Yuan 'Death Crosses' As Default Wave Forces Chinese Banks To Raise Capital

According to survey data by Bank of America Merrill Lynch, stretching back to 2009, investors have never been so bearish of Asian bonds in history.

Investors see China's liquidity tightening...

As the PBOC cracks down on the leverage in the shadow banking system...

And domestic bond defaults surging, sparking major fund outflows that are weighing on the offshore yuan.

China corporate-bond defaults is about 22.2 billion yuan so far this year, data compiled by Bloomberg show. These includes five private and 15 public offerings.

And as 'Investing In Chinese Stocks' blog details, the China Banking Industry Association put out a report highlighting capital adequacy risk in urban commercial and listed banks. There is no problem at the moment, but the trends in regulations, NPLs, deposits, financial disintermediation and Internet competition are all moving in the wrong direction.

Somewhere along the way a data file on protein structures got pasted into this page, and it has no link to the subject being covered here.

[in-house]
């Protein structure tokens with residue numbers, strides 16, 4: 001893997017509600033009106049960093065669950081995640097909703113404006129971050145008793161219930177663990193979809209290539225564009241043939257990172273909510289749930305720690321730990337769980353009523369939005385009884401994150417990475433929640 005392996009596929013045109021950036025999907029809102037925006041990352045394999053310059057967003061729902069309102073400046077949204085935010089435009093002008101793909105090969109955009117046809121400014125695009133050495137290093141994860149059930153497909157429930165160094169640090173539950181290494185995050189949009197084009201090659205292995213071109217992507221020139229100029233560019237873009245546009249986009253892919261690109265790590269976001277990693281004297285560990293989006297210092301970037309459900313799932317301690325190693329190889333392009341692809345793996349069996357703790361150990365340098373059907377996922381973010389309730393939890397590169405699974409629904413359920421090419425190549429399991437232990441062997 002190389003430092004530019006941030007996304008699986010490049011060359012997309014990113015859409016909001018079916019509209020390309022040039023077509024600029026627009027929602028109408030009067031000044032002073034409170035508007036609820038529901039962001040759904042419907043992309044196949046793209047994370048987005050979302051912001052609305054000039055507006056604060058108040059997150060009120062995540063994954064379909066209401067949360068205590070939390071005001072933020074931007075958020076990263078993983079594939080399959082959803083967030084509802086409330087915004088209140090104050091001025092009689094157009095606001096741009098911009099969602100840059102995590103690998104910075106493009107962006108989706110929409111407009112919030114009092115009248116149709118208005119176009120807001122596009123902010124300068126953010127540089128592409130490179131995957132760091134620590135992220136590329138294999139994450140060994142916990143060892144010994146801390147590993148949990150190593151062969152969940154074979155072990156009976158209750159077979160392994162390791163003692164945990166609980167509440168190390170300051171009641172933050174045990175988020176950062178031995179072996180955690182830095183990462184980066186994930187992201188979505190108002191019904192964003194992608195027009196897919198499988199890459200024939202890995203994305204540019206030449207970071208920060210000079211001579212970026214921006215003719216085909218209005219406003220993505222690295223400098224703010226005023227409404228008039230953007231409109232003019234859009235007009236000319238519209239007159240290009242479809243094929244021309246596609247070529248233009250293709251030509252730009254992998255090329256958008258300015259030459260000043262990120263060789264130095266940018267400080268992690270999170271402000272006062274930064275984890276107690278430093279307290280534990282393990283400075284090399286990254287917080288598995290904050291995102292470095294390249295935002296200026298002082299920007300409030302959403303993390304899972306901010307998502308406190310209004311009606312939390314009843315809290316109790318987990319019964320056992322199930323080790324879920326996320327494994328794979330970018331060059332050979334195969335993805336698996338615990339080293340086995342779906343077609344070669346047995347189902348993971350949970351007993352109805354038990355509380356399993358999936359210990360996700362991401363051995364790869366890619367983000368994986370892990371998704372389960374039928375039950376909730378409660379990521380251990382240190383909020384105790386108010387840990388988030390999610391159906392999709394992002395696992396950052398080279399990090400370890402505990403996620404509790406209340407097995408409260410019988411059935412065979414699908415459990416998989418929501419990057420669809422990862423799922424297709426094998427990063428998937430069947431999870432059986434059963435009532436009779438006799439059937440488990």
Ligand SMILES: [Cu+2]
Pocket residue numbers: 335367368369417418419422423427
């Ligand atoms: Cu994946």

21st Century: “破净”、资产回表、股权管理压力齐下 银行业资本补充时间窗口不佳困境待解

Although the capital adequacy ratio of commercial banks reached a stage high of 13.65% at the end of 2017, the overall capital adequacy level of the industry was higher. However, since 2018, more and more new regulatory regulations have linked the upper limit of business scale to net capital/net assets, which actually increased the capital requirements of banking institutions at a certain scale. In addition, the new regulations for asset management have officially landed, with stocks. Non-standard entry will also bring additional capital consumption.

There are serious shortages of banks “other Tier 1 capital”